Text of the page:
One of the first proofs of the optical sine theorem was given by Rudolph Clausius, using this second law demonstration.
The invariance of etendue is a major stumbling block in solid state lighting.
LED die, have very small radiating surface areas, with extremely high radiance values.
When used in some optical system to create a light source of some source area, and solid angle of distribution, the area and solid angle can be exchanged with each other, but the product must remain constant. The only way around this is to employ some statistical or time multiplexing contrivance to make a source appear larger but only for some fraction of the time.
For example, a once cm square source, could be mechanically scanned back and forth over a one square meter area, at high speed, but it would only appear in any location for one millionth of the time, and the eye would perceive it to be a million times dimmer.
Of course you could angle scan it instead with the same result.
In practice, diffuse surfaces or volumes are used to scatter the photons, which is a time multiplexing process. Unfortunately, this always results in back scatter, and wide angle scatter, both of which are loss mechanisms.
In white LED devices, you get one ‘get out of jail free’ card, in that you start with an extremely bright blue LED and you absorb much of the blue light in some much larger area of phosphor, which then radiates the green yellow and red portions of a white light spectrum. But note that you still have a blue etendue problem, so the phosphor also is required to scatter the remaining blue photons as well.
So if those ugly white LED street lights or car headlights bug you; now you know, the engineers have not solved the invariance of etendue problem yet. When they do, the LED headlights will have the same eight inch or so diameter as an ordinary incandescent car headlight.

Reply to  benofhouston
February 24, 2015 1:48 am

You are both willfully misunderstanding my statements, and George, your use of vocabulary to trash my post simply shows that you really don’t understand what you are talking about. How’s this for a little example:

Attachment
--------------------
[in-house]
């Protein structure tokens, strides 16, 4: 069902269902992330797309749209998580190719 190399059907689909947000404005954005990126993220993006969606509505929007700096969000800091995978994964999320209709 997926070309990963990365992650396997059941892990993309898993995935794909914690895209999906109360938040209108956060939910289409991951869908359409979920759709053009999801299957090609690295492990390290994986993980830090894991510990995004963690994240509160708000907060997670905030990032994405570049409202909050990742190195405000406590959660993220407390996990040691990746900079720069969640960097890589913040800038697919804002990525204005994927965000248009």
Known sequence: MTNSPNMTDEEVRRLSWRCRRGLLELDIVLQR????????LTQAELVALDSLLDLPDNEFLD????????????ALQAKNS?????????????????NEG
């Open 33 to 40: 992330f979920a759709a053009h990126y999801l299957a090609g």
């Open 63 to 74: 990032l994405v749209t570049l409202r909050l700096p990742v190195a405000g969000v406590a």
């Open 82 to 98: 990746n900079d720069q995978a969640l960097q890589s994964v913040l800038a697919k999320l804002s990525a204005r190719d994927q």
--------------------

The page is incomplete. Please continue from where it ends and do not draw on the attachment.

If you have an isolated body in space at temperature X. No conduction, no convection, no incoming radiation, no nothing. It will radiate energy out via blackbody radiation and gradually lower in temperature.
Now, same situation, but with a second body next to it at temperature X-1. This is also radiating blackbody radiation via the same processes.
Basic thought experiment, which body cools more slowly? As any idiot can see, the second. Why? because it is being struck by the blackbody radiation of the slightly cooler object. This radiation doesn’t magically disappear. Some is reflected and some is absorbed just like every other bit of radiation in existence (photons don’t have memory of the temperature of the body that they came from, which is ENTIRELY THE POINT). The absorbed radiation changes to heat. Therefore, it is perfectly acceptable and correct to say that this body is being warmed by the presence of a colder body. The net transfer is, of course, in the other direction as the warmer body gives off more radiation, and thus even in an otherwise empty universe, entropy rises. However, both objects are warmer because of their shared presence.
You simply give fodder to the alarmists with your willfull misapplication of extremely basic physics and misstatement of the problem.

Reply to  johnmarshall
February 18, 2015 2:45 pm

Uh, correct me if I’m wrong but the 30 degree latitude desert belt may have a higher measured temperature than the tropics (during the day) but measured temperature is not the same as heat. Tropic air has more specific heat because it contains a much higher relative humidity. So, it’s not correct to say that tropical wet areas are cooler than hot deserts when referring to heat. Heat is transferred to higher latitudes from the tropics and no laws of physics are broken.

Reply to  RWturner
February 20, 2015 4:18 am

“(…) it’s not correct to say that tropical wet areas are cooler than hot deserts when referring to heat.”